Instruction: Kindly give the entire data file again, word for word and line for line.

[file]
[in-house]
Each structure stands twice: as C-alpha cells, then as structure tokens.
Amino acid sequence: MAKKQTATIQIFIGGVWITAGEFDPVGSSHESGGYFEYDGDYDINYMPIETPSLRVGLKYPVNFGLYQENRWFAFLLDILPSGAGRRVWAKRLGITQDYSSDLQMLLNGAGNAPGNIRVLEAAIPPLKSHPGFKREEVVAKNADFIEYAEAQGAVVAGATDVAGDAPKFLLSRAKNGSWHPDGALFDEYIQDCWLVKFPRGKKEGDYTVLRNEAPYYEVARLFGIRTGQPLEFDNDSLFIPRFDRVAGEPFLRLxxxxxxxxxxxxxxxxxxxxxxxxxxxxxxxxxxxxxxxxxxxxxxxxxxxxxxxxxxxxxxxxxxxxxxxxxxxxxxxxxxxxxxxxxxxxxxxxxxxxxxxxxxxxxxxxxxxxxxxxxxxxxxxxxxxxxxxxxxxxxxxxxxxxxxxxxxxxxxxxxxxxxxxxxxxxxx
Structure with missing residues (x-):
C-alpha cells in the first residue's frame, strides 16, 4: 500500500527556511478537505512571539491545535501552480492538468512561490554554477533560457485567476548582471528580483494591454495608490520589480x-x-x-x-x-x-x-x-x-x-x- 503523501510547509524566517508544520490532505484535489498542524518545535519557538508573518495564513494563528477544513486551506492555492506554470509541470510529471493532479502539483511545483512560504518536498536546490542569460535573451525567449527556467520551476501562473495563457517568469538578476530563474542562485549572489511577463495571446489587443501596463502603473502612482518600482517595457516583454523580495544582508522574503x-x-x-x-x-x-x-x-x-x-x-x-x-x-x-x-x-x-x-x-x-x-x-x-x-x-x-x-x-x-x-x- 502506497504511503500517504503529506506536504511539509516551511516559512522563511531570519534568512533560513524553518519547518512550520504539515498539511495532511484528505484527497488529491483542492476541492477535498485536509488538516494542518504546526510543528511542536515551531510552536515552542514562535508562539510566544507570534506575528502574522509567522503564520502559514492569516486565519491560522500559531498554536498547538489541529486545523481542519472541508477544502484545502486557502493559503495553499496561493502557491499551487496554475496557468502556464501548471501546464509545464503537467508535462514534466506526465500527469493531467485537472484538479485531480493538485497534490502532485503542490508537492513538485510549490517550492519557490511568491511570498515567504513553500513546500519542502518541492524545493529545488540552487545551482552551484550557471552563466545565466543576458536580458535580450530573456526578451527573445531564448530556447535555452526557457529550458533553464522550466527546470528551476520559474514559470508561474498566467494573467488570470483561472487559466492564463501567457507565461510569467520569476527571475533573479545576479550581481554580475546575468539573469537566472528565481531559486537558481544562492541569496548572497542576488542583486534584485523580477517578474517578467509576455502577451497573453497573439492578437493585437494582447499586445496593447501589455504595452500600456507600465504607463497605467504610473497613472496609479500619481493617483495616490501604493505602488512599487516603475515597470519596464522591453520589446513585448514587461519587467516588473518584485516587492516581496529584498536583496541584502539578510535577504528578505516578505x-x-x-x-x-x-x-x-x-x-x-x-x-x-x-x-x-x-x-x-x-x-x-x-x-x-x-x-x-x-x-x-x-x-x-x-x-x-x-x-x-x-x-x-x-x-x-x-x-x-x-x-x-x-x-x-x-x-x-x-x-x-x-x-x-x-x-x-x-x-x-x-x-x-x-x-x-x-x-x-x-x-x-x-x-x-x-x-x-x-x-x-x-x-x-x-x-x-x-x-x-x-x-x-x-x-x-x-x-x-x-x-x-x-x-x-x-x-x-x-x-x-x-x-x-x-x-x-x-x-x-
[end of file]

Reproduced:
[in-house]
Each structure stands twice: as C-alpha cells, then as structure tokens.
Amino acid sequence: MAKKQTATIQIFIGGVWITAGEFDPVGSSHESGGYFEYDGDYDINYMPIETPSLRVGLKYPVNFGLYQENRWFAFLLDILPSGAGRRVWAKRLGITQDYSSDLQMLLNGAGNAPGNIRVLEAAIPPLKSHPGFKREEVVAKNADFIEYAEAQGAVVAGATDVAGDAPKFLLSRAKNGSWHPDGALFDEYIQDCWLVKFPRGKKEGDYTVLRNEAPYYEVARLFGIRTGQPLEFDNDSLFIPRFDRVAGEPFLRLxxxxxxxxxxxxxxxxxxxxxxxxxxxxxxxxxxxxxxxxxxxxxxxxxxxxxxxxxxxxxxxxxxxxxxxxxxxxxxxxxxxxxxxxxxxxxxxxxxxxxxxxxxxxxxxxxxxxxxxxxxxxxxxxxxxxxxxxxxxxxxxxxxxxxxxxxxxxxxxxxxxxxxxxxxxxxx
Structure with missing residues (x-):
C-alpha cells in the first residue's frame, strides 16, 4: 500500500527556511478537505512571539491545535501552480492538468512561490554554477533560457485567476548582471528580483494591454495608490520589480x-x-x-x-x-x-x-x-x-x-x- 503523501510547509524566517508544520490532505484535489498542524518545535519557538508573518495564513494563528477544513486551506492555492506554470509541470510529471493532479502539483511545483512560504518536498536546490542569460535573451525567449527556467520551476501562473495563457517568469538578476530563474542562485549572489511577463495571446489587443501596463502603473502612482518600482517595457516583454523580495544582508522574503x-x-x-x-x-x-x-x-x-x-x-x-x-x-x-x-x-x-x-x-x-x-x-x-x-x-x-x-x-x-x-x- 502506497504511503500517504503529506506536504511539509516551511516559512522563511531570519534568512533560513524553518519547518512550520504539515498539511495532511484528505484527497488529491483542492476541492477535498485536509488538516494542518504546526510543528511542536515551531510552536515552542514562535508562539510566544507570534506575528502574522509567522503564520502559514492569516486565519491560522500559531498554536498547538489541529486545523481542519472541508477544502484545502486557502493559503495553499496561493502557491499551487496554475496557468502556464501548471501546464509545464503537467508535462514534466506526465500527469493531467485537472484538479485531480493538485497534490502532485503542490508537492513538485510549490517550492519557490511568491511570498515567504513553500513546500519542502518541492524545493529545488540552487545551482552551484550557471552563466545565466543576458536580458535580450530573456526578451527573445531564448530556447535555452526557457529550458533553464522550466527546470528551476520559474514559470508561474498566467494573467488570470483561472487559466492564463501567457507565461510569467520569476527571475533573479545576479550581481554580475546575468539573469537566472528565481531559486537558481544562492541569496548572497542576488542583486534584485523580477517578474517578467509576455502577451497573453497573439492578437493585437494582447499586445496593447501589455504595452500600456507600465504607463497605467504610473497613472496609479500619481493617483495616490501604493505602488512599487516603475515597470519596464522591453520589446513585448514587461519587467516588473518584485516587492516581496529584498536583496541584502539578510535577504528578505516578505x-x-x-x-x-x-x-x-x-x-x-x-x-x-x-x-x-x-x-x-x-x-x-x-x-x-x-x-x-x-x-x-x-x-x-x-x-x-x-x-x-x-x-x-x-x-x-x-x-x-x-x-x-x-x-x-x-x-x-x-x-x-x-x-x-x-x-x-x-x-x-x-x-x-x-x-x-x-x-x-x-x-x-x-x-x-x-x-x-x-x-x-x-x-x-x-x-x-x-x-x-x-x-x-x-x-x-x-x-x-x-x-x-x-x-x-x-x-x-x-x-x-x-x-x-x-x-x-x-x-x-